Sunday, June 8, 2014


When it comes to debt reduction and money (self) management, there are no secrets. In fact, the Lord has already revealed through His prophets sound guidelines on these matters. The trouble is it’s up to us to make them a financial priority.

For me, one of the strongest monetary “temptations” I’ve had is my desire to provide good things for my children—to keep up with their “Jones’s.” Mind you, I’ve likewise known it was best for them to struggle and learn and manage, it’s just that that knowledge wasn’t fully able to overcome those other desires without focused effort--effort that eventually led my husband and I to achieve no credit card debt, no automobile loans, and no mortgages. A pretty good gift—financial peace—to give my children, don’t you agree?

Looking back over those years, however, I realize I’ve gained another blessing: the knowledge of three other valuable, financial principles that are not so readily touted. They are: “Be Creative,” “A Little Goes a Long Way,” and “Trust the Lord.”

Be Creative.
 In the General Women’s Conference held on Saturday, September 27, 2008, President Uchtdorf spoke of each person’s divinely inherited desire to create beauty out of nothing. He also encouraged us, as I remember it, to be “creative” in all we do, to make everything around us better than it had been before. Can’t we, then, create ways that are unique to us and our personal abilities in order to achieve financial peace? I believe we can, for while eternal principles such as the law of tithing provide no room for variation, others, like living within our means, saving for a rainy day, and avoiding debt can be adapted to our individual situations. I know this is true because my husband and I have “creatively” obeyed these guidelines.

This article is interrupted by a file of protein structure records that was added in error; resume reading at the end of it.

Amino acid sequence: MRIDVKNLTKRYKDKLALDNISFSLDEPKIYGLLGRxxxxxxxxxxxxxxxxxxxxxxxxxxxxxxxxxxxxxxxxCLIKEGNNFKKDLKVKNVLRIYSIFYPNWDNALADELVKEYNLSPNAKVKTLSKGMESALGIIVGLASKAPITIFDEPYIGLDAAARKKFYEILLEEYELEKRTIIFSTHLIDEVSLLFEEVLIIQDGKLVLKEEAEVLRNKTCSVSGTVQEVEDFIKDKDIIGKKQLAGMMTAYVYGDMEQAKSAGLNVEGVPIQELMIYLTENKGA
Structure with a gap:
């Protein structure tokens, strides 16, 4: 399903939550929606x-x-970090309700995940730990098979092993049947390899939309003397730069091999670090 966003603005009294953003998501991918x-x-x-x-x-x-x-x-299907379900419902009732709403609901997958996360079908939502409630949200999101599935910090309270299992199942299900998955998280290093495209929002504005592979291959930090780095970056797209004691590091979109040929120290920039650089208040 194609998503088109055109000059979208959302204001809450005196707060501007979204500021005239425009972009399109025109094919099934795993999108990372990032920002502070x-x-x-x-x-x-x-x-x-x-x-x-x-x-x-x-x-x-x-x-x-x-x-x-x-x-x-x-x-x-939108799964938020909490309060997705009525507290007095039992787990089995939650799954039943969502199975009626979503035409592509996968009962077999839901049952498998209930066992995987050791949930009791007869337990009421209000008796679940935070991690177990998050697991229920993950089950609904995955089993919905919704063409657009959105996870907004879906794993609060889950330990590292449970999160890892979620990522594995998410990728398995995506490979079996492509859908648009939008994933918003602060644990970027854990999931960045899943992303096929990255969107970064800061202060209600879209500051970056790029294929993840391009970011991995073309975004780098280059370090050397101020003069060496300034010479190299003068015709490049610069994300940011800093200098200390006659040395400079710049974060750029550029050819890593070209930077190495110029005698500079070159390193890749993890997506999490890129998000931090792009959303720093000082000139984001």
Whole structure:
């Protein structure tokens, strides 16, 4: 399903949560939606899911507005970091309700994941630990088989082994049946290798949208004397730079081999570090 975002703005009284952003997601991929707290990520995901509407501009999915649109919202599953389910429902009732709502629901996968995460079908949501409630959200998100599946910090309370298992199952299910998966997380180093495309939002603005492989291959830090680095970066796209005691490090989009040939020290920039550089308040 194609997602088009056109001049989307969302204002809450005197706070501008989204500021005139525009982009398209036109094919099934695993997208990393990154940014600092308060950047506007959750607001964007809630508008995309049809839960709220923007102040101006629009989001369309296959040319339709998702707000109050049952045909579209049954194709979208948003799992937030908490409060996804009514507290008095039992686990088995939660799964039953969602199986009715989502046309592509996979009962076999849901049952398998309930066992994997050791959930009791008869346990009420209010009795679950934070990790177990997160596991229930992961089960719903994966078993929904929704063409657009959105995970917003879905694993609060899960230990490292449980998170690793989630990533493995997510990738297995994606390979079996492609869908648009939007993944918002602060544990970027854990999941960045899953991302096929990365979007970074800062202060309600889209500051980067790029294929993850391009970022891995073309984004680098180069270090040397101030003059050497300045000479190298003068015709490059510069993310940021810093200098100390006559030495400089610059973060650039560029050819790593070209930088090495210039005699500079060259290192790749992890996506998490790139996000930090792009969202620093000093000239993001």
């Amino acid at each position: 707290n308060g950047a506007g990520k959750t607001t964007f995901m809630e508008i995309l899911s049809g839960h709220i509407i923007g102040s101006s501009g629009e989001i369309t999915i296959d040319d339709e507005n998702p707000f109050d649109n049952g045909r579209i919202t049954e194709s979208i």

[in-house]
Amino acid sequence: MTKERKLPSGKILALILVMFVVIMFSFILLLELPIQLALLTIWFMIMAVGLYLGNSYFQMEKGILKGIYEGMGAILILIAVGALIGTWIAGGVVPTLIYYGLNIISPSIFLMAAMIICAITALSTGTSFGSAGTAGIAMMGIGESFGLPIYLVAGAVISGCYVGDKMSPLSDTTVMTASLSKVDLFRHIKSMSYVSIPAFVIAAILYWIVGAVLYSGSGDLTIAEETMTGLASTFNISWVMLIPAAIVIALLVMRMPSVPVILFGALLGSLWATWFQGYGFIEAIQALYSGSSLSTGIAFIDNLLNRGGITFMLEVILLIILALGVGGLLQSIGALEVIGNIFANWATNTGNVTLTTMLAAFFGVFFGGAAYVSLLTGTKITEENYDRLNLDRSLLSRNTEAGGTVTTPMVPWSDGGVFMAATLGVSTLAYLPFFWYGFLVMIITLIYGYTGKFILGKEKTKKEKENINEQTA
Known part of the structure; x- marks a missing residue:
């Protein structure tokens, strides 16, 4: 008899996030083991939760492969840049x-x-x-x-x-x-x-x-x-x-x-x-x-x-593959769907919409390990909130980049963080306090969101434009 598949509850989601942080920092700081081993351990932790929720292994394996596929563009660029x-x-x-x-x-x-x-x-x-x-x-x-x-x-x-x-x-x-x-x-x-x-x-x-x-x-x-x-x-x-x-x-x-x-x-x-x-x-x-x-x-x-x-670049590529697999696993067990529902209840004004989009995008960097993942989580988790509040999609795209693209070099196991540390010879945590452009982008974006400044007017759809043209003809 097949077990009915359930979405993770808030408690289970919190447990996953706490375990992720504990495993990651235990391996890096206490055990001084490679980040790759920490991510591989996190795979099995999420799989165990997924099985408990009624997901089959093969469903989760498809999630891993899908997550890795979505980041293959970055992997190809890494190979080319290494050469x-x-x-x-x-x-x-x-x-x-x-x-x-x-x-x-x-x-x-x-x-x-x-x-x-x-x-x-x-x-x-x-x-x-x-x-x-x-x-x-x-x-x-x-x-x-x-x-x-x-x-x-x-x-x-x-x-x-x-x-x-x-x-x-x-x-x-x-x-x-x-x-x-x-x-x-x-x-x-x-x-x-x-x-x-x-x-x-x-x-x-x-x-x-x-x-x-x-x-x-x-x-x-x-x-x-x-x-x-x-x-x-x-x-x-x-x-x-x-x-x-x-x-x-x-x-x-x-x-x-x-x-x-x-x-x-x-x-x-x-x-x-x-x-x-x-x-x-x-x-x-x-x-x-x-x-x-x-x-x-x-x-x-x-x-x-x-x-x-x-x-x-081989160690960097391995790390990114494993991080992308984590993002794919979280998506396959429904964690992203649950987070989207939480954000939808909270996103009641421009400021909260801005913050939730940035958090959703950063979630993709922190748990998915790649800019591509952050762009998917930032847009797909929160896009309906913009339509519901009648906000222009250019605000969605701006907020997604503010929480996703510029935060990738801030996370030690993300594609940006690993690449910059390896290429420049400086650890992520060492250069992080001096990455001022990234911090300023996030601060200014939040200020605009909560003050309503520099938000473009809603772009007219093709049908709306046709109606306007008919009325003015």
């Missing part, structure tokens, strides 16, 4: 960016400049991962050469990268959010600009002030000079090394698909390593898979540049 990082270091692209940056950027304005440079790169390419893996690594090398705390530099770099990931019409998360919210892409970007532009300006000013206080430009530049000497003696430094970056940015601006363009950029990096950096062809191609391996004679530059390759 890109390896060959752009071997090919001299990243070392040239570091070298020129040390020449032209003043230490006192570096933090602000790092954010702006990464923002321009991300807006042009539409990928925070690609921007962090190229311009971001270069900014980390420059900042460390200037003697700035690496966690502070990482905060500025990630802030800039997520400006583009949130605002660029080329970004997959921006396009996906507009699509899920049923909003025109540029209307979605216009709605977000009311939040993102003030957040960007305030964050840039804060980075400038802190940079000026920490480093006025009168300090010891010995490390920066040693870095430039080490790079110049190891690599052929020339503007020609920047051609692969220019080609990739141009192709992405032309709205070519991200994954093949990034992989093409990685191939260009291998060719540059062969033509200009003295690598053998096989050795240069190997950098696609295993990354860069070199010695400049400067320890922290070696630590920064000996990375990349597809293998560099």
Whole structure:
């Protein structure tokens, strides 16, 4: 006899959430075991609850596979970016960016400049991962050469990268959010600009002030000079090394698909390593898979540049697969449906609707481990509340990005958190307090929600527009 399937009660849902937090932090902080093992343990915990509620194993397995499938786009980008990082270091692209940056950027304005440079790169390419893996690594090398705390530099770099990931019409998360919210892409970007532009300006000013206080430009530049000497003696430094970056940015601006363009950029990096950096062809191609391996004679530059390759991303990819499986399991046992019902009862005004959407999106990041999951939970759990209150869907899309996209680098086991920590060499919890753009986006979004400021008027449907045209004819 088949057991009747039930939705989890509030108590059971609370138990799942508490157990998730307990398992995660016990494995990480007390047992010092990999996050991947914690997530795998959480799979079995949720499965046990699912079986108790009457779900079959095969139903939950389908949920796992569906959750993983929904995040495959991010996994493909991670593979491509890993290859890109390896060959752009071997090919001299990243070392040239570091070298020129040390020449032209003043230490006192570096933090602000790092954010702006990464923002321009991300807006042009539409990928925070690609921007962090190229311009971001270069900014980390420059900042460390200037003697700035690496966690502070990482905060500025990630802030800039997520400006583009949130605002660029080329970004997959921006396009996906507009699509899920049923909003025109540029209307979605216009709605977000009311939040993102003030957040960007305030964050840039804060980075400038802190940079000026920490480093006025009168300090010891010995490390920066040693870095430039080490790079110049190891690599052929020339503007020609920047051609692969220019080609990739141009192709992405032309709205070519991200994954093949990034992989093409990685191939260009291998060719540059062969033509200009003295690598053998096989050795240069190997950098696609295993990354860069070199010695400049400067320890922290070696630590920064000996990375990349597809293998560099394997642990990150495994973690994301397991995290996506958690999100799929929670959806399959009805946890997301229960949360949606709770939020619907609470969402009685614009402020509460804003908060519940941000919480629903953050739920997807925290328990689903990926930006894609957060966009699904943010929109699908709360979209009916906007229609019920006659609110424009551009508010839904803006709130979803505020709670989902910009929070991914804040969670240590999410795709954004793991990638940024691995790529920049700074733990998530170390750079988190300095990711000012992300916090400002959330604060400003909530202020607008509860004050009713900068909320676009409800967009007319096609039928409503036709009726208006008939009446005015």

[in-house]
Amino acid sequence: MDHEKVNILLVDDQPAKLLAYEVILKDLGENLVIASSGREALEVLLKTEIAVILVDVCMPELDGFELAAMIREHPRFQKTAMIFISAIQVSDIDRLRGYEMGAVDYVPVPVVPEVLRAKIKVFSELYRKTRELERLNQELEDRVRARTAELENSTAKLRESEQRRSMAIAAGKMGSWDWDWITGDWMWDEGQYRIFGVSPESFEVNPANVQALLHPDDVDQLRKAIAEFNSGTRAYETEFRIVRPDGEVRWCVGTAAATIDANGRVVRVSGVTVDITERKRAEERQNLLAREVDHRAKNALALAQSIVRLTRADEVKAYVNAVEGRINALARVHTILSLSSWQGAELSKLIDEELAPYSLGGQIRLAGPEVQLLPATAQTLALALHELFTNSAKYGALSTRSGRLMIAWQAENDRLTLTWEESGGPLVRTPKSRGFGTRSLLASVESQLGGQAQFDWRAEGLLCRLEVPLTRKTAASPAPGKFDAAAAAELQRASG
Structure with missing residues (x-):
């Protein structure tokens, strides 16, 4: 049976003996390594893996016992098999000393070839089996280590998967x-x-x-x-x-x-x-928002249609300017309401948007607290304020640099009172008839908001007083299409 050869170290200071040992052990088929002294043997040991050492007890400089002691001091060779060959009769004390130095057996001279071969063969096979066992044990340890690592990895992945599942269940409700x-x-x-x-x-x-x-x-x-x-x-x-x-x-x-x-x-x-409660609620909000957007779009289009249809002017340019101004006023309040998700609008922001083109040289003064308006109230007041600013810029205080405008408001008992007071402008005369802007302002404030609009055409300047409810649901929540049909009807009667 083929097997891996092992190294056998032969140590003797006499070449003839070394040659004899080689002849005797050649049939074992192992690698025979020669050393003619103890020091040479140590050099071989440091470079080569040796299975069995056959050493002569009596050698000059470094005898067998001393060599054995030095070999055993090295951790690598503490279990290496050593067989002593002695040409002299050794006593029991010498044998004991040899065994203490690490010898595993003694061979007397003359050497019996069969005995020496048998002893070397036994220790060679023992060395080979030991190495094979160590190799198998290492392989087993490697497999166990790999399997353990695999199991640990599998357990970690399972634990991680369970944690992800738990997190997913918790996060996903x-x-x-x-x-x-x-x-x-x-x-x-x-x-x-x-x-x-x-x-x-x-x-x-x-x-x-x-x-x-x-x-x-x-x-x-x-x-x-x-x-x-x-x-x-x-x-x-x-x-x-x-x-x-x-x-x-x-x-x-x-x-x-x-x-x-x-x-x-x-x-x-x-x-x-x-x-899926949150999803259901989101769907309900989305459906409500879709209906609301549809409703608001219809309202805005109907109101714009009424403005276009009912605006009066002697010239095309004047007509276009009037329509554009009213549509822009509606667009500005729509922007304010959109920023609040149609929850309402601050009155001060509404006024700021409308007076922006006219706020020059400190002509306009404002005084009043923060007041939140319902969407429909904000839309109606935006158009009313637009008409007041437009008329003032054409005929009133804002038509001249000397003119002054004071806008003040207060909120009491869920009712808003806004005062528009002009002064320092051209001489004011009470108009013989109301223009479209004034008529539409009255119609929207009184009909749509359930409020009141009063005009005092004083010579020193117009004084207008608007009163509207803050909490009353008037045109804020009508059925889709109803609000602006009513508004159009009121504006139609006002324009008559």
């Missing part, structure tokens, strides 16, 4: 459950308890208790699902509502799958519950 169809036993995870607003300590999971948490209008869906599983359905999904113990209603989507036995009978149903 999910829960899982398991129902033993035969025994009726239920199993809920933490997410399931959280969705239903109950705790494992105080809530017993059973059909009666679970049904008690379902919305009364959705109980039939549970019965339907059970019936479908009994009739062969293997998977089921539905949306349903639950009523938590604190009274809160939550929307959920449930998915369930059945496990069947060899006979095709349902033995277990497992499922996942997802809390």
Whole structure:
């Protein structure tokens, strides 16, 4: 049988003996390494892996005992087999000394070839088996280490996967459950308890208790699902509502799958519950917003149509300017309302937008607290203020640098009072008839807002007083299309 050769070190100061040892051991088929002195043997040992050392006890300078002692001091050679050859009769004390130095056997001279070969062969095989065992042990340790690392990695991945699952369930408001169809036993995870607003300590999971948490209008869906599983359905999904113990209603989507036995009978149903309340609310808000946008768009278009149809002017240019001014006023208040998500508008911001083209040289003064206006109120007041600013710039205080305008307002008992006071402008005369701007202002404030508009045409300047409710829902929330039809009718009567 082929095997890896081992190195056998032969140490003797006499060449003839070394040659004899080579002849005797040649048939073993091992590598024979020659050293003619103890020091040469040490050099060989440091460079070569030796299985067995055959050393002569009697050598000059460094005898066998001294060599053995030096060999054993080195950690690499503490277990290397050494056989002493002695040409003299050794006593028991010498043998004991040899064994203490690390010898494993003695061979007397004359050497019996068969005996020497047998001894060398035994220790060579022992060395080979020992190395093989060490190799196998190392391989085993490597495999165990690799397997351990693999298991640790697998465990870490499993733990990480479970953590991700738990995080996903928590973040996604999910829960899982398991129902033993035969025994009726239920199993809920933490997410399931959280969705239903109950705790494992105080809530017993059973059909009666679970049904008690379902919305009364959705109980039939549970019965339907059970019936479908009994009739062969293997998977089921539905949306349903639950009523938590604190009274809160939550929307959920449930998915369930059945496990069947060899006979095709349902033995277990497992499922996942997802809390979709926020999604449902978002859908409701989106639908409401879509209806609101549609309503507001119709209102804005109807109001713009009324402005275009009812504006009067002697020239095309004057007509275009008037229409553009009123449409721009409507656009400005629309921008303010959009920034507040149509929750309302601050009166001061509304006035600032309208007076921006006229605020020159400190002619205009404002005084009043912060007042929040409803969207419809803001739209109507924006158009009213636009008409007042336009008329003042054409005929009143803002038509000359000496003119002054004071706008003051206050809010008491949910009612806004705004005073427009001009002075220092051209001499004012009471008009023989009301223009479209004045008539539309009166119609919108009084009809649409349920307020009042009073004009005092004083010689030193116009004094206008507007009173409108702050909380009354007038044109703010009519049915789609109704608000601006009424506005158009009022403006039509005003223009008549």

For instance, when we purchased our first home (the second, as well), we avoided banks and mortgage companies. Not because we feared them, but because we simply didn’t want to givethem our money; it was our form of "buying local" to support the economy. We did, however, “borrow” from the homeowner, a dear, elderly woman (not a relative) we truly loved and who loved and trusted us. With help from her lawyer, we drew up a fair-for-both-sides contract in which she carried the loan and we paid her back, with interest (the current, home loan interest rate at that time). After that, we always paid extra to the principle and paid off the loan in a much shorter time than she’d expected. That situation was good for both of us, but what I most appreciated about it was the fact that she received all of the money. Not the bank. Not a middleman.

Granted, that kind of opportunity does not come to everyone, nor does everyone want it (it includes a great deal of risk for the homeowner), but my point here is there are creative ways to finance our needs. Consider this other, odd example:
Right now, this very minute, I am sitting in my living room with my injured leg propped up in my recliner, writing this article on a laptop computer. The strange part, though, is my living room, my entire living space—kitchen, bedrooms, bathroom, etc.—is also my garage. My future garage.